Wednesday, February 28, 2007

'Hotel du Lac'

by Anita Brookner

WINNER of the Booker Prize 1984

(Book #9 for 2007)

Into the rarefied atmosphere of the Hotel du Lac timidly walks Edith Hope, romantic novelist and holder of modest dreams. Exiled from home after embarrassing herself and her friends, Edith has refused to sacrifice her ideals and remains stubbornly single. But among the pampered women and minor nobility Edith finds Mr. Neville, and her chance to escape from a life of humiliating spinsterhood is renewed…

On the back cover (Penguin UK edition), The Times calls it “a smashing love story. It is very romantic. It is also humorous, witty, touching and formidably clever.”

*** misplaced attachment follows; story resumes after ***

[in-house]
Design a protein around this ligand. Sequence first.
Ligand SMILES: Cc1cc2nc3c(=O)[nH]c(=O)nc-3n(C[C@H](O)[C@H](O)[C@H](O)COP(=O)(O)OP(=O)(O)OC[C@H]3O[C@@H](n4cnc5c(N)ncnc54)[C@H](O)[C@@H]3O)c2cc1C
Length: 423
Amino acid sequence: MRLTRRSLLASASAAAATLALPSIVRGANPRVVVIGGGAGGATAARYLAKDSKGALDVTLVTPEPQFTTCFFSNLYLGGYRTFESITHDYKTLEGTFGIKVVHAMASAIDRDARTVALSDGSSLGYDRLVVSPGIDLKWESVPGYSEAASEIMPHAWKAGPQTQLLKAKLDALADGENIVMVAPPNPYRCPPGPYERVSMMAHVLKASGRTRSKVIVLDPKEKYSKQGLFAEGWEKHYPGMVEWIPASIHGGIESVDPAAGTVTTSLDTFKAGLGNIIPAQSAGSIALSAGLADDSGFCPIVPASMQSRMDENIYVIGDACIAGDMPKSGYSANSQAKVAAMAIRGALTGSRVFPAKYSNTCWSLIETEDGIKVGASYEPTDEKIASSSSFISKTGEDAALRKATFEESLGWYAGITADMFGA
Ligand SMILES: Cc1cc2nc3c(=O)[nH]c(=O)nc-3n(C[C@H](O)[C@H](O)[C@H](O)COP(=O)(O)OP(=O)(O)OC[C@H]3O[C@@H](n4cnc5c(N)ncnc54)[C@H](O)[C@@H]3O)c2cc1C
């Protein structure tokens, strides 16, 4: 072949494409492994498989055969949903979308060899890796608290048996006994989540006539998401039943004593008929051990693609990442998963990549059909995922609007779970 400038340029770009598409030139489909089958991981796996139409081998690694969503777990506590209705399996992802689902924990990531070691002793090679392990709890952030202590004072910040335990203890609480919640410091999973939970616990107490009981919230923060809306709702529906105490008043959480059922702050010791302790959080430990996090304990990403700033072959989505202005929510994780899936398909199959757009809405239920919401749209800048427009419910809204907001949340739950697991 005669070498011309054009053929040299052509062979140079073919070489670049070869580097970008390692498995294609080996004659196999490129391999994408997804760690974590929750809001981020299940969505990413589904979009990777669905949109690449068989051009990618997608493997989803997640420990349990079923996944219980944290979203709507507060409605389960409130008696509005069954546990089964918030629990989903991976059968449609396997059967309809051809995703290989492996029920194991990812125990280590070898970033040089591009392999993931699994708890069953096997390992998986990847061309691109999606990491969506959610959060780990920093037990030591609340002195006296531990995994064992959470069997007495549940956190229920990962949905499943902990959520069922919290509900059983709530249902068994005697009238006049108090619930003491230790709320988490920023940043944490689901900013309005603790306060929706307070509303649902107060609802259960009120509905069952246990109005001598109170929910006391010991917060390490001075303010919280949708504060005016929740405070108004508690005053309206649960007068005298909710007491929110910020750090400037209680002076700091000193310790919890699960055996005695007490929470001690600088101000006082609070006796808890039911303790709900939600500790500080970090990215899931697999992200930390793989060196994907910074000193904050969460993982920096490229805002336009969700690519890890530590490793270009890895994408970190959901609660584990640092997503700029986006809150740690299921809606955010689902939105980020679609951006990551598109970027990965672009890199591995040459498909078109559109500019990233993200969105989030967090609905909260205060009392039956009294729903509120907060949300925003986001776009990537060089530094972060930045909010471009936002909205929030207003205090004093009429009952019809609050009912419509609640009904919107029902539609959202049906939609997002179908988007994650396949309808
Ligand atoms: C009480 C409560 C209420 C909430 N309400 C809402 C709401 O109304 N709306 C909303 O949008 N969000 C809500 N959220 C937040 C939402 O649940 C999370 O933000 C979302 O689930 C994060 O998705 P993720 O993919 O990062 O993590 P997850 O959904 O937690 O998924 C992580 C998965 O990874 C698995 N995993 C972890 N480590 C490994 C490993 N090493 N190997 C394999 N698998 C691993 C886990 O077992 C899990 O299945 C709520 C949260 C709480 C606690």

Love story? Romantic? Huh? I must’ve read a different book!

Wiki does a better job, saying “her works explore the alienation of a character, usually female, whose quiet, solitary lives are punctuated by destitution and disappointments in love.”
At the other extreme, I had to chuckle at the comment from a reader on Amazon UK:
“I was extremely disappointed in this book. The woman is supposed to be in love, yet in the height of its expression, she utters "Oh David, oh David". She has all the passion of a dead jellyfish. It read like a creative writing student had sat down in a hotel to describe the guests in a rather superficial way.
Its one redeeming feature is that if this truly trivial piece can win the Booker Prize, then there really is hope for anyone who can pick up a pen!”*
I wouldn’t go quite that far, but do agree that the characters seemed rather flat, and cold. I simply never came to care what happened to any of them. Luckily it was a short book.